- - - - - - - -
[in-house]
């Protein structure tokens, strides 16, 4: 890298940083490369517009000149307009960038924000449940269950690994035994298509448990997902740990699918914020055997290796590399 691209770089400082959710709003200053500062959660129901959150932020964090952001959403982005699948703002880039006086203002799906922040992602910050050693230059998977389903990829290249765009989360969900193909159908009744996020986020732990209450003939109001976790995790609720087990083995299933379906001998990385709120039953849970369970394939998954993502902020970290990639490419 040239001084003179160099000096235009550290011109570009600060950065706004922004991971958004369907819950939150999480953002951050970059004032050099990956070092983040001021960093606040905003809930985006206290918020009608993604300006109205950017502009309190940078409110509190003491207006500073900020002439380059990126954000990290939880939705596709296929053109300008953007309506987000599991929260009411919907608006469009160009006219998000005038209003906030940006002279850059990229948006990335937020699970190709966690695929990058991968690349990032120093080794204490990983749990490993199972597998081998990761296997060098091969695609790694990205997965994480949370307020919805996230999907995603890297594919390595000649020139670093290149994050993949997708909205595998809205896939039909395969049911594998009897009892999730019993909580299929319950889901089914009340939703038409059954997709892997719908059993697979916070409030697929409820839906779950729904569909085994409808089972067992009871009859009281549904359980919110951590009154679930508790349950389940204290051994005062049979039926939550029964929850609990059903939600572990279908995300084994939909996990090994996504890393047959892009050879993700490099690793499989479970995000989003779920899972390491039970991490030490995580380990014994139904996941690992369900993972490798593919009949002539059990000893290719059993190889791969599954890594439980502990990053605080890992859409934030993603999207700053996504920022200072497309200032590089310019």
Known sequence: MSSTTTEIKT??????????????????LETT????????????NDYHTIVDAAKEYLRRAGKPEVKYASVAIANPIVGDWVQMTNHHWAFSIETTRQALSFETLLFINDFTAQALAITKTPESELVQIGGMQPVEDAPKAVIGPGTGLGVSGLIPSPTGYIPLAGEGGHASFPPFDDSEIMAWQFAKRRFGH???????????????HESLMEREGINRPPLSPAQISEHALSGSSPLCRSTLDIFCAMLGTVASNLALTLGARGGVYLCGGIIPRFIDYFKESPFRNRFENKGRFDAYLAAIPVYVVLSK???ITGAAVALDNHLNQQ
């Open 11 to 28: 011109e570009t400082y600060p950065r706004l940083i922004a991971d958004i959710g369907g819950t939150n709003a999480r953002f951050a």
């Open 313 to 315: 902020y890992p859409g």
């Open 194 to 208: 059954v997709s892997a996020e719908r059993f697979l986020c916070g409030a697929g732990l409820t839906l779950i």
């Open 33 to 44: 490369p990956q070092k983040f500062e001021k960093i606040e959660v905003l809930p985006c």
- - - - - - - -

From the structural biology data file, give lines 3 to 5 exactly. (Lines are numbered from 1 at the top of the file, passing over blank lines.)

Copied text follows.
Known sequence: MSSTTTEIKT??????????????????LETT????????????NDYHTIVDAAKEYLRRAGKPEVKYASVAIANPIVGDWVQMTNHHWAFSIETTRQALSFETLLFINDFTAQALAITKTPESELVQIGGMQPVEDAPKAVIGPGTGLGVSGLIPSPTGYIPLAGEGGHASFPPFDDSEIMAWQFAKRRFGH???????????????HESLMEREGINRPPLSPAQISEHALSGSSPLCRSTLDIFCAMLGTVASNLALTLGARGGVYLCGGIIPRFIDYFKESPFRNRFENKGRFDAYLAAIPVYVVLSK???ITGAAVALDNHLNQQ
């Open 11 to 28: 011109e570009t400082y600060p950065r706004l940083i922004a991971d958004i959710g369907g819950t939150n709003a999480r953002f951050a």
């Open 313 to 315: 902020y890992p859409g």